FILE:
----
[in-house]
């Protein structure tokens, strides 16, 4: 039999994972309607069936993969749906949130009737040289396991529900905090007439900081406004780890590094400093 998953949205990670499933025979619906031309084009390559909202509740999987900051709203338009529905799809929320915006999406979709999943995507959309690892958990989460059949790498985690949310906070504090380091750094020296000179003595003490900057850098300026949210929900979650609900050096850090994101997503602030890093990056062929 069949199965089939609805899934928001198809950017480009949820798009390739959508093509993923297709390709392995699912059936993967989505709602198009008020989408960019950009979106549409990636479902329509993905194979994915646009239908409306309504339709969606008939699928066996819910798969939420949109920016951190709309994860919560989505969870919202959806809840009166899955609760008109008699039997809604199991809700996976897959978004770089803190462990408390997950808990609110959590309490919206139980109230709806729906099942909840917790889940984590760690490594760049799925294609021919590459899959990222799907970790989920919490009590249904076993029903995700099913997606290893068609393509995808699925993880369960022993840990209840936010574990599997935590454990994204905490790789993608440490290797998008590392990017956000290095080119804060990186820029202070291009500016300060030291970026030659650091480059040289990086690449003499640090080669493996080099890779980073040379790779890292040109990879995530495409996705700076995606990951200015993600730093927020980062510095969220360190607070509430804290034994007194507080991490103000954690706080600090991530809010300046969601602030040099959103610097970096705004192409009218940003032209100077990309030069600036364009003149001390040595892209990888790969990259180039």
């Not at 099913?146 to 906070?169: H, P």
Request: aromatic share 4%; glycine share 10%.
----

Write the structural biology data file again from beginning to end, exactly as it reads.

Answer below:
[in-house]
């Protein structure tokens, strides 16, 4: 039999994972309607069936993969749906949130009737040289396991529900905090007439900081406004780890590094400093 998953949205990670499933025979619906031309084009390559909202509740999987900051709203338009529905799809929320915006999406979709999943995507959309690892958990989460059949790498985690949310906070504090380091750094020296000179003595003490900057850098300026949210929900979650609900050096850090994101997503602030890093990056062929 069949199965089939609805899934928001198809950017480009949820798009390739959508093509993923297709390709392995699912059936993967989505709602198009008020989408960019950009979106549409990636479902329509993905194979994915646009239908409306309504339709969606008939699928066996819910798969939420949109920016951190709309994860919560989505969870919202959806809840009166899955609760008109008699039997809604199991809700996976897959978004770089803190462990408390997950808990609110959590309490919206139980109230709806729906099942909840917790889940984590760690490594760049799925294609021919590459899959990222799907970790989920919490009590249904076993029903995700099913997606290893068609393509995808699925993880369960022993840990209840936010574990599997935590454990994204905490790789993608440490290797998008590392990017956000290095080119804060990186820029202070291009500016300060030291970026030659650091480059040289990086690449003499640090080669493996080099890779980073040379790779890292040109990879995530495409996705700076995606990951200015993600730093927020980062510095969220360190607070509430804290034994007194507080991490103000954690706080600090991530809010300046969601602030040099959103610097970096705004192409009218940003032209100077990309030069600036364009003149001390040595892209990888790969990259180039």
């Not at 099913?146 to 906070?169: H, P």
Request: aromatic share 4%; glycine share 10%.